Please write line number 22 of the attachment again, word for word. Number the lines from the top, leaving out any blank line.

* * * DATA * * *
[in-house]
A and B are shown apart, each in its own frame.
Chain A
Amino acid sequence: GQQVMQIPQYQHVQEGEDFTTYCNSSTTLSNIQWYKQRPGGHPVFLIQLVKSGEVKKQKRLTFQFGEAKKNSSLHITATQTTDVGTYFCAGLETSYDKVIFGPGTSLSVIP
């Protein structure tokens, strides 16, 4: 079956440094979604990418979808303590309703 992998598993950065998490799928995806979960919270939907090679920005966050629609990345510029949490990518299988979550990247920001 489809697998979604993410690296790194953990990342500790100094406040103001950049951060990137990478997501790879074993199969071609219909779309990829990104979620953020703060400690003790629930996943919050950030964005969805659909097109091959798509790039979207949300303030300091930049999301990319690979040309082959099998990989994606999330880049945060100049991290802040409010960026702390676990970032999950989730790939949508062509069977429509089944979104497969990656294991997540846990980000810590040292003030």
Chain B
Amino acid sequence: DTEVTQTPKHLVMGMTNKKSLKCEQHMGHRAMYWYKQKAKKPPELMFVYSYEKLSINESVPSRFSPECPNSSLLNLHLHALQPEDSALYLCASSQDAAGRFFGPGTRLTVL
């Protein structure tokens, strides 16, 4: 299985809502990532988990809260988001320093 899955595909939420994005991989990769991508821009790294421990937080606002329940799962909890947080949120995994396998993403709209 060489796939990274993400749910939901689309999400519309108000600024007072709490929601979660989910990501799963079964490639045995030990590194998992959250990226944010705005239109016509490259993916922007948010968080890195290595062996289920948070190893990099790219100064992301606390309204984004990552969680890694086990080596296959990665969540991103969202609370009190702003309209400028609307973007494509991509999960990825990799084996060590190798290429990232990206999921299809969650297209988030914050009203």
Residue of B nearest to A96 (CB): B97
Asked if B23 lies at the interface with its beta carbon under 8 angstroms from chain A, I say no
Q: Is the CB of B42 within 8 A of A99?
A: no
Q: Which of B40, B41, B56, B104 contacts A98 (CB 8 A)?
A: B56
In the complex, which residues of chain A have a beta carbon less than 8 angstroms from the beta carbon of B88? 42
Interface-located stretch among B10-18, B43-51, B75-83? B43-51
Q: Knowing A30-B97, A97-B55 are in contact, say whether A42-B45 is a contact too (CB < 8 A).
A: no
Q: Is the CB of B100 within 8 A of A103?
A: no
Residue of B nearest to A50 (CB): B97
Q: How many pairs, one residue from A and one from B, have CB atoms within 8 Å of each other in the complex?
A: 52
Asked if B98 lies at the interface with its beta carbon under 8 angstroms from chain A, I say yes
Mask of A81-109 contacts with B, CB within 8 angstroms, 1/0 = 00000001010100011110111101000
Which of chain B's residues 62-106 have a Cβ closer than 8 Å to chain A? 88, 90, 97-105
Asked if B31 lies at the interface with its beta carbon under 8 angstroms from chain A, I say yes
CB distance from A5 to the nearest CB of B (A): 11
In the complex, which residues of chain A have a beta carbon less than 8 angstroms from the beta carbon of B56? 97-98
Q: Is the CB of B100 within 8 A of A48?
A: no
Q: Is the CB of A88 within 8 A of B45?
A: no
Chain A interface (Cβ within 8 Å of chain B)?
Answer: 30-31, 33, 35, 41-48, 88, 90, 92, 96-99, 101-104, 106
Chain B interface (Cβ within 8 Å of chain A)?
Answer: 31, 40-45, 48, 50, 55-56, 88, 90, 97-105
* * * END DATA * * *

Q: How many pairs, one residue from A and one from B, have CB atoms within 8 Å of each other in the complex?